Note that every prime has a primitive root such that there is an x and considering the set [x^1, x^2, … x^(p-1)] modulo p is equivalent to [1,2…(p-1)] modulo p.

So 1^k + 2^k +…(p-1)^k = x^k + x^(2k) + x^(3k)… x^((p-1)k) mod p

Now

x^k + x^(2k) + x^(3k)… x^((p-1)k) mod p

= (x^k)(1-x^((p-1)k))/(1-(x^k)) mod p; (Summing the geometric series and noting that (1-(x^k)) ≠ 0 mod p for k ≠ p -1)

Note that (1-x^((p-1)k)) = 0 mod p by fermat's little theorem.

So this is

(x^k)(0)/(1-(x^k)) mod p

= 0 mod p

As required.

-The key idea here is to recognize the existence of the primitive root (read a number theory book for existence)

Note that every prime has a primitive root such that there is an x and considering the set [x^1, x^2, … x^(p-1)] modulo p is equivalent to [1,2…(p-1)] modulo p.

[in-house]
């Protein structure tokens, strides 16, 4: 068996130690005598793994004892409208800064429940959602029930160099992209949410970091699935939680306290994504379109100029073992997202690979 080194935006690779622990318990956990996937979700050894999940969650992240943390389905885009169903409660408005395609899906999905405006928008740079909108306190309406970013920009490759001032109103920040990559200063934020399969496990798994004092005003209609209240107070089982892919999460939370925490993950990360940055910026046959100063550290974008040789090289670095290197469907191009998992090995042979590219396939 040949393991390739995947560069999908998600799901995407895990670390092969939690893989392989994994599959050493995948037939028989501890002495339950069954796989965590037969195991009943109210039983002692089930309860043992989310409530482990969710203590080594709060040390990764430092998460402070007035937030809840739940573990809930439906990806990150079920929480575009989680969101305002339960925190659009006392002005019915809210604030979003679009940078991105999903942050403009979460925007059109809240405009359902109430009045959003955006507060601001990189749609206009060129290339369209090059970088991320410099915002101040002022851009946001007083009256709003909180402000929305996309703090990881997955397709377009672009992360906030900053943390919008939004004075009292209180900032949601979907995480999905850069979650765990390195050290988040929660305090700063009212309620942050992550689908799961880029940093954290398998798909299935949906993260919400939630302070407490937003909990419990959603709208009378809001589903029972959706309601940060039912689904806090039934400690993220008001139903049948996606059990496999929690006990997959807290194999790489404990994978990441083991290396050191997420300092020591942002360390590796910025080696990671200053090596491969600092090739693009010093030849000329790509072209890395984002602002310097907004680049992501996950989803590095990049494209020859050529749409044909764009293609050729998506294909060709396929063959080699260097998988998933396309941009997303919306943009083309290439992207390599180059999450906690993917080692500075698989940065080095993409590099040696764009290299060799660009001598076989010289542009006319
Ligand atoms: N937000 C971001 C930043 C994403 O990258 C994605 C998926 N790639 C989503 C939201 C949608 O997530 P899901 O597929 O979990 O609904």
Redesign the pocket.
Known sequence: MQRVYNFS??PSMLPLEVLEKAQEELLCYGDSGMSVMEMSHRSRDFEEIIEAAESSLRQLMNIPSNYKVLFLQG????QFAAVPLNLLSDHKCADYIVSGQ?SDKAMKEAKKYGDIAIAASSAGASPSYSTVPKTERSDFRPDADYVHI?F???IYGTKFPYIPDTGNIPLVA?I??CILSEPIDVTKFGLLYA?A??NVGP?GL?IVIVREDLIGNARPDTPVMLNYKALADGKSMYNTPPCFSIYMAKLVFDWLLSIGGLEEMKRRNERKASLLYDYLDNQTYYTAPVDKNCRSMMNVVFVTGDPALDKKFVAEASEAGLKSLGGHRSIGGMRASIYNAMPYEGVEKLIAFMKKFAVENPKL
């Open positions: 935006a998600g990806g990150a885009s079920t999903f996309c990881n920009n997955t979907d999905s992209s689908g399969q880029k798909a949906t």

So 1^k + 2^k +…(p-1)^k = x^k + x^(2k) + x^(3k)… x^((p-1)k) mod p

Now

x^k + x^(2k) + x^(3k)… x^((p-1)k) mod p

= (x^k)(1-x^((p-1)k))/(1-(x^k)) mod p; (Summing the geometric series and noting that (1-(x^k)) ≠ 0 mod p for k ≠ p -1)

Note that (1-x^((p-1)k)) = 0 mod p by fermat's little theorem.

So this is

(x^k)(0)/(1-(x^k)) mod p

= 0 mod p

As required.

-The key idea here is to recognize the existence of the primitive root (read a number theory book for existence)

-Use geometric series formula

-Apply Fermat's little theorem